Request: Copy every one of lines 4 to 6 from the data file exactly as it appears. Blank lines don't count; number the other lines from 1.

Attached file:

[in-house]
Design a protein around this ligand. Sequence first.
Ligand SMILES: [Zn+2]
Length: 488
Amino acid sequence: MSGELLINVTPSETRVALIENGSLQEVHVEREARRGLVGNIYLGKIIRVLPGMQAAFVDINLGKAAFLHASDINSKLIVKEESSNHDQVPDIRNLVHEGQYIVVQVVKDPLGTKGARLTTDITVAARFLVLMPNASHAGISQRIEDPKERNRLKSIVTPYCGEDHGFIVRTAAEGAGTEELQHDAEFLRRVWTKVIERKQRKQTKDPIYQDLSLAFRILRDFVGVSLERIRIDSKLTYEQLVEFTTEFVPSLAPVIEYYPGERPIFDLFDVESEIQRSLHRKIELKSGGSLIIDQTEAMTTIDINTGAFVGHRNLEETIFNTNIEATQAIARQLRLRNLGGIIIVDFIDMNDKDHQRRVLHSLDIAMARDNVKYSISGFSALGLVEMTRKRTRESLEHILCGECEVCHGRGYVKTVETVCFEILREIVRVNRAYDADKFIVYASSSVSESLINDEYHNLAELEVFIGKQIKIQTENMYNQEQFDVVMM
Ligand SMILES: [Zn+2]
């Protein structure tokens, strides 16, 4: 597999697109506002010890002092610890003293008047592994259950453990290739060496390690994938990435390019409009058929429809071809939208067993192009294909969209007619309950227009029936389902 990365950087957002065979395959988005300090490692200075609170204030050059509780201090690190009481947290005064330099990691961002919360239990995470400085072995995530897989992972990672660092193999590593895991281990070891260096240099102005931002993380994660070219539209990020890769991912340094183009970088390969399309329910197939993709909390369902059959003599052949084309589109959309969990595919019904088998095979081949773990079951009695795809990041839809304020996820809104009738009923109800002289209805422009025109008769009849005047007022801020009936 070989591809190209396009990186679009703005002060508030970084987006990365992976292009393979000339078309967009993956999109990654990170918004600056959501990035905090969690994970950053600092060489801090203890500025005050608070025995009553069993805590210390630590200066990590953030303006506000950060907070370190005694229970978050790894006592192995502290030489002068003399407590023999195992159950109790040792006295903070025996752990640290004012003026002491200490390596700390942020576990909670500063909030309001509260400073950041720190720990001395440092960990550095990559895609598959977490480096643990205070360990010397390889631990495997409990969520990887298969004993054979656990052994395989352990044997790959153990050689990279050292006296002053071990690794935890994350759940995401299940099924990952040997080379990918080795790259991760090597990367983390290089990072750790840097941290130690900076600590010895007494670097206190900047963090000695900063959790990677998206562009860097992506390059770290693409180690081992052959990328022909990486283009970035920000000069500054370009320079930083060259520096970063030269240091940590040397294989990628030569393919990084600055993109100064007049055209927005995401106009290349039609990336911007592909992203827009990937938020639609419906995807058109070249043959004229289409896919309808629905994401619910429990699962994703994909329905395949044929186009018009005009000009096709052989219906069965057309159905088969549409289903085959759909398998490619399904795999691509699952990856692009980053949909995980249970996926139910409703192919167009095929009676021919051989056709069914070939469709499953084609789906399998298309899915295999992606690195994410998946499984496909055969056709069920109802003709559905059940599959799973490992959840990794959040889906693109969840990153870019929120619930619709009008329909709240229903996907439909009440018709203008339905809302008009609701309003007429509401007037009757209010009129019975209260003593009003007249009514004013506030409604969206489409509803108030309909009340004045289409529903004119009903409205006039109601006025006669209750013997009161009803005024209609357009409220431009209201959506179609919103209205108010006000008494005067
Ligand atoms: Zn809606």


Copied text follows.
Length: 488
Amino acid sequence: MSGELLINVTPSETRVALIENGSLQEVHVEREARRGLVGNIYLGKIIRVLPGMQAAFVDINLGKAAFLHASDINSKLIVKEESSNHDQVPDIRNLVHEGQYIVVQVVKDPLGTKGARLTTDITVAARFLVLMPNASHAGISQRIEDPKERNRLKSIVTPYCGEDHGFIVRTAAEGAGTEELQHDAEFLRRVWTKVIERKQRKQTKDPIYQDLSLAFRILRDFVGVSLERIRIDSKLTYEQLVEFTTEFVPSLAPVIEYYPGERPIFDLFDVESEIQRSLHRKIELKSGGSLIIDQTEAMTTIDINTGAFVGHRNLEETIFNTNIEATQAIARQLRLRNLGGIIIVDFIDMNDKDHQRRVLHSLDIAMARDNVKYSISGFSALGLVEMTRKRTRESLEHILCGECEVCHGRGYVKTVETVCFEILREIVRVNRAYDADKFIVYASSSVSESLINDEYHNLAELEVFIGKQIKIQTENMYNQEQFDVVMM
Ligand SMILES: [Zn+2]